The inner conduit 11 is provided with a coupling 17 for connecting it to a source (not shown) of a second gas and comprises an upstream part 18 which has the axis Z--Z and extends through the washer 15 in a sealed manner, an elbow 20 and a downstream part 21 having the axis Y--Y. The part 21 has a flange which is axially perforated so as to permit the centering of the part 21 in the stem 16 of the T and the passage of the first gas.
The whole of the tube 2 may, as shown, be formed by a succession of tubular elements screwed together, the seals being preferably formed by welds. Screwed on the lower end of the stem 16 is a nozzle 22 having a conical nose of a type conventional in oxygen cutting and whose central conduit 22a communicates with the conduit 11 and whose annular conduit (or a series of conduits 22b arranged in a ring arrangement as shown in FIG. 3) communicates with the conduit 10. The nozzle 22 bears against an inner shoulder 23 of the conduit 10, with interposition of a suitable sealing element (not shown), and is held in position by a nut 24 screwed in this conduit.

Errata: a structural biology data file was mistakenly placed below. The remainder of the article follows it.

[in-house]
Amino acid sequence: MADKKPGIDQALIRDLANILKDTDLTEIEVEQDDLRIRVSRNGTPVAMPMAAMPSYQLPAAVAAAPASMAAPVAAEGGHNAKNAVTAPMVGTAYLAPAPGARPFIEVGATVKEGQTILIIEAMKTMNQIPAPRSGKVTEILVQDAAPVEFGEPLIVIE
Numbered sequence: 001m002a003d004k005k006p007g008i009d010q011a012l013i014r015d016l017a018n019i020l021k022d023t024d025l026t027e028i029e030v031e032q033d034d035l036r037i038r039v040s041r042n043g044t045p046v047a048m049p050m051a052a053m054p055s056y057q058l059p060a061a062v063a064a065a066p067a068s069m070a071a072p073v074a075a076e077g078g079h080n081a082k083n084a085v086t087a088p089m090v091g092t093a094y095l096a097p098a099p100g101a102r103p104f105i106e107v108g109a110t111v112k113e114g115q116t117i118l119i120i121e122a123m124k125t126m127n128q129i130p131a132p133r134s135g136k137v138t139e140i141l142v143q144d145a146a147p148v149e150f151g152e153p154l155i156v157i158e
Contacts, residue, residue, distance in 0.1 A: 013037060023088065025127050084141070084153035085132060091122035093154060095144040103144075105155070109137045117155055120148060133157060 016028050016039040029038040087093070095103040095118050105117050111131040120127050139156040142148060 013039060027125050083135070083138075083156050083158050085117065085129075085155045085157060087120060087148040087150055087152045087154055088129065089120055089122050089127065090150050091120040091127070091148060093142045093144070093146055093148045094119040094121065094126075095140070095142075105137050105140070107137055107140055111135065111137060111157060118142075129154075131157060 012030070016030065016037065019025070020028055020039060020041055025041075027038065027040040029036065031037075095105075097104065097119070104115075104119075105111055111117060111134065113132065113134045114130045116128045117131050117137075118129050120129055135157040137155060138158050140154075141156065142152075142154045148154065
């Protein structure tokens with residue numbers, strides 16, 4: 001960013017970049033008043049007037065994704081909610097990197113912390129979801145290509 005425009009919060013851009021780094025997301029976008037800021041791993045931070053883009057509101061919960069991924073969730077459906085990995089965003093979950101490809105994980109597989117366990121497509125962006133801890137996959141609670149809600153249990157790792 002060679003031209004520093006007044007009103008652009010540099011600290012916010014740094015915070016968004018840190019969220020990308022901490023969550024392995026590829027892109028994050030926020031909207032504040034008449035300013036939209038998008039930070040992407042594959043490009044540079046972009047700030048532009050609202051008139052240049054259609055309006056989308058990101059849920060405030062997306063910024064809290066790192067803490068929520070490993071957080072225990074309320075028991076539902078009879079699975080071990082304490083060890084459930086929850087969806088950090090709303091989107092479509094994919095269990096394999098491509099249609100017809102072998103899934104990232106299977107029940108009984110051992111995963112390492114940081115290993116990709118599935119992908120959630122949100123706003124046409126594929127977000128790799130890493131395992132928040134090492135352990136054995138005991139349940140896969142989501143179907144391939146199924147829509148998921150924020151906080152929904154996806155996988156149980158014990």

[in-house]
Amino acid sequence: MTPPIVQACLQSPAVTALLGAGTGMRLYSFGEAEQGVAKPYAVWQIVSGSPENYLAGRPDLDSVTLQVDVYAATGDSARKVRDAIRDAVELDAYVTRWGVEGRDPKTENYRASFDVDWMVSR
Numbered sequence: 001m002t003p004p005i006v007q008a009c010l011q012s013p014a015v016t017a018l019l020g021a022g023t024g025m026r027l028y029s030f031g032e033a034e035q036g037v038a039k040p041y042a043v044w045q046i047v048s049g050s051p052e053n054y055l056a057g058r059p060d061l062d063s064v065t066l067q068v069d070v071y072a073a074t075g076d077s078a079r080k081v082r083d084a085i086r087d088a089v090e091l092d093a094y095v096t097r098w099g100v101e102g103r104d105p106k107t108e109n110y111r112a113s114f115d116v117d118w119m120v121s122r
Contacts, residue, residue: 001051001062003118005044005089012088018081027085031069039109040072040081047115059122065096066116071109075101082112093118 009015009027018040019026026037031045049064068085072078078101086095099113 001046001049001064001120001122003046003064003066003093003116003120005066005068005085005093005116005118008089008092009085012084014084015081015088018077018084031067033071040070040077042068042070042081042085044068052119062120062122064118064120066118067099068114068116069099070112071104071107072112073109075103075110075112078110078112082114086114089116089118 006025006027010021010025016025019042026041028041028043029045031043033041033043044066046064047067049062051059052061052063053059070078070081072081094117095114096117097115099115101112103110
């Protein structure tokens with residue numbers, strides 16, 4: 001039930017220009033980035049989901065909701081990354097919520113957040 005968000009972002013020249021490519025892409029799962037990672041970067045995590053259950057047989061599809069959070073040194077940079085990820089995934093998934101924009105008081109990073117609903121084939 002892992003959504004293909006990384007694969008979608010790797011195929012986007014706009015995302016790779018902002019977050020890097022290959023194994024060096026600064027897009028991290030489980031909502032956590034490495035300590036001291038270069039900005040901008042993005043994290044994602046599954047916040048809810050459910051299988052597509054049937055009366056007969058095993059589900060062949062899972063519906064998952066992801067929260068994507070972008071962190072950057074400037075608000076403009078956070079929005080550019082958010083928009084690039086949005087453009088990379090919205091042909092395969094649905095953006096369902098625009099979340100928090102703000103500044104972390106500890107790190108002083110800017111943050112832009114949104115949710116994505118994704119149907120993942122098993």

The sleeve 3 has an inside diameter substantially equal to that of the opening 7. It has at its upper end an outer flange 24 screwed in position around this opening and, at its lower end, a formed-over or rolled outer wing or flange 25. This wing, which is connected tangentially to the cylindrical wall of the sleeve, may have, as shown, a contour in the shape of an arc of a circle. As a modification, this wing 25 may be replaced by an outer beading having a rounded contour and tangentially connected to the sleeve. The lowermost circle of the wing 25 or beading is substantially contained in the horizontal end plane of the nozzle 22.
In operation, the coupling 17 is connected to a source of a plasmagenic gas, and the coupling 13 is connected to a source of a gas or a gaseous mixture adapted to form at the outlet of the nozzle 22 a flame having a generally annular shape surrounding the central jet.
The microwave generator delivers a pulsating electromagnetic energy, for example at the frequency 2.45 GHz.
The incident power is divided into a useful power transmitted through the tube 2 and the nozzle 22, which forms an antenna in the absence of gas, and a parasitic reflected power sent back by the waveguide 1 to the generator.